Who Tells Your Story

One of my former students is here for the summer and working as my personal assistant – for those of you who laughed, jokes on you when she starts writing my blog posts. This is the kid who in my will receives my name and likeness to do with as she chooses. She’s got a plan to name a wing or a library or a prayer chapel in a youth center after me. Honestly, I don’t care what she does; I trust her to tell my story. She and her best friend have also been tasked with writing whatever ends up on whatever version of a tombstone I get – it’s a fill in the blank:

Laura Hewett – she was pretty great except for ___, ___, and ___.

My story isn’t over yet, though, and I’m spending the summer with Maggie alongside me to write advisory curriculum and a new theology textbook as well as improve my walking and walk closer to Jesus. Last night Maggie and her little brother came over to make cookies, and we had a beautiful conversation about how we are actively making steps closer to Jesus. Before her brother showed up to bake, we spent time praying together and talking about how and what to pray for.

I’ve been praying for miracles in my physical recovery and other things for a while now, and I believe God can do miracles. There’s a tension in my theology that says I ought to faithfully ask for more when I don’t see miracles happen and that I can’t rationalize why God isn’t fulfilling what I expect. In preparation for writing my textbook, I’m reading widely among theologians, and this week I’ve been challenged in healthy ways of how I rationalize my experience of God not doing the miracles I ask for through reading Greg Boyd. I was telling Maggie about how important it is to me to pray beyond my theology because I don’t want “a God I can lead around” as the Newsboys say.

I was talking to my friend Carol on Friday about why I chose to write a poem last week, and she was significantly less impressed with me drafting that out in a day when she realized it’s mostly allusions to Genesis with lines from Ezekiel, Revelation, the band Disciple, Elie Wiesel, and W. H. Auden all stitched together. I was expressing though that I was maxed out in my ability to articulate my full experience through a neat narrative. I still don’t have that as I’m sorting through with God the connection between pieces of my life that contribute to my holistic health. There are layers of meaning in each of those lines from last week’s poem as I’m figuring out how the hurt two of my friends in this community are going through is related to wounds I have from three years ago. And it’d be nice if I could walk again too.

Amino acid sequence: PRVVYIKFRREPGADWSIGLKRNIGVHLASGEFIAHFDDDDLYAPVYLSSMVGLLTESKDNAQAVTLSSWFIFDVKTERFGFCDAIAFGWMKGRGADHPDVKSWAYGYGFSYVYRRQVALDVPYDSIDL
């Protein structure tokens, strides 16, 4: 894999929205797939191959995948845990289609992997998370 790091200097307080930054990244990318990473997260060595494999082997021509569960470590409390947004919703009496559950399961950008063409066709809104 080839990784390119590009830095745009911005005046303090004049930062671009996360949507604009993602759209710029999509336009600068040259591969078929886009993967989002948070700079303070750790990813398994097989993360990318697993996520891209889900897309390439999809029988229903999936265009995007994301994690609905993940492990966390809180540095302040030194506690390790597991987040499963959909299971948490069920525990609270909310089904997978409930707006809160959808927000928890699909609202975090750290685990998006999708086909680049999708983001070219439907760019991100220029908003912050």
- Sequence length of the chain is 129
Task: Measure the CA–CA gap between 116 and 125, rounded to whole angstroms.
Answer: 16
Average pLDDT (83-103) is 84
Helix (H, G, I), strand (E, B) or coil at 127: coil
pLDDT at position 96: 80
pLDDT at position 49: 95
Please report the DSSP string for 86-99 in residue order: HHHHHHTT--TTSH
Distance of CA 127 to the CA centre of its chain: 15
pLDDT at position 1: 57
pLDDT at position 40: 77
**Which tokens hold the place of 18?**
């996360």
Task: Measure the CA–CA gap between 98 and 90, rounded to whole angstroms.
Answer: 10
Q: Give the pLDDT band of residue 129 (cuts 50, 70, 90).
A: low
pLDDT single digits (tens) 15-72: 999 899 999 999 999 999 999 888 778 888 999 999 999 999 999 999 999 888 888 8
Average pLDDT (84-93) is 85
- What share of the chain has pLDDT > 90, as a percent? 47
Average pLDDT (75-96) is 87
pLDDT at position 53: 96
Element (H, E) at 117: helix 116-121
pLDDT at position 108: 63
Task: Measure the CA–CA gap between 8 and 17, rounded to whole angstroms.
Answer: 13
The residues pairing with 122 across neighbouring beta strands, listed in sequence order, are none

There’s a lot going on in my life. I’m a full, complex human being. I don’t know what parts of my story Maggie will highlight when I’m gone, but I also know there are other kids who will tell parts of my story. Yesterday evening, I had a group call with three former students who are reading through a book on discipleship with me. We call each month and talk about how we’re being intentional to grow closer to Jesus. We’re only on chapter two of twelve, but I’ve been so encouraged by the insights of these young people who went out of their way to choose to be challenged and held accountable to growth in their faith. I learned so much from them this week, and I was especially blessed as Leah said, “Ms. Hewett, you aren’t Jesus, and you can’t disciple everyone,” in the midst of a conversation about how all three of them were opening their eyes to how they could be not only discipled but disciplers.

I only have good stories to tell about these students, but that doesn’t mean they are perfect children. I just know they are growing, and I relish the opportunity to celebrate their Jesus loving choices. I’ve seen each of them make mistakes, come clean, own up to the hurt, and repent – actually turn around – and choose Jesus in their lives. I do my very best to model that to them, and if anyone hears stories about me, I hope it’s from people like Maggie, Julia, Brooks, and Leah. They’ve seen me make mistakes, and they’ve heard my heart in the brokenness and watched me grow from it.

Beautifully, these kids also pray for me regularly just as I pray for them. The prayer requests these particular kids share with me are so far beyond the “pray for my friend’s dying cat” kinds of prayer requests I remember being shared among my friends in small groups when I was their age. They are going deep and looking honestly at where they are struggling and how they need support to make it through difficult seasons or find growth.

That doesn’t mean there isn’t a place for those dying cat prayer requests – because I’m about to ask you for the surface level requests that matter a lot to me too. I want all the masses out there on the internet to pray for the miracle of my physical recovery. I want to wiggle my toes, move my ankles, balance my weight on my own two legs without arms for support; I want to empty my bladder naturally, feel the signals inside my body accurately, and dance in the rain. Will you pray with me this week beyond your explanations and ask God to give me all those things with no caveats? Just ask for the good gifts and don’t tag any justifications for if he doesn’t do it into the request. My faith isn’t shaken after six years of asking; it’s only deepened. I don’t need to defend God for not doing it last week, so let’s ask again for everything this week.

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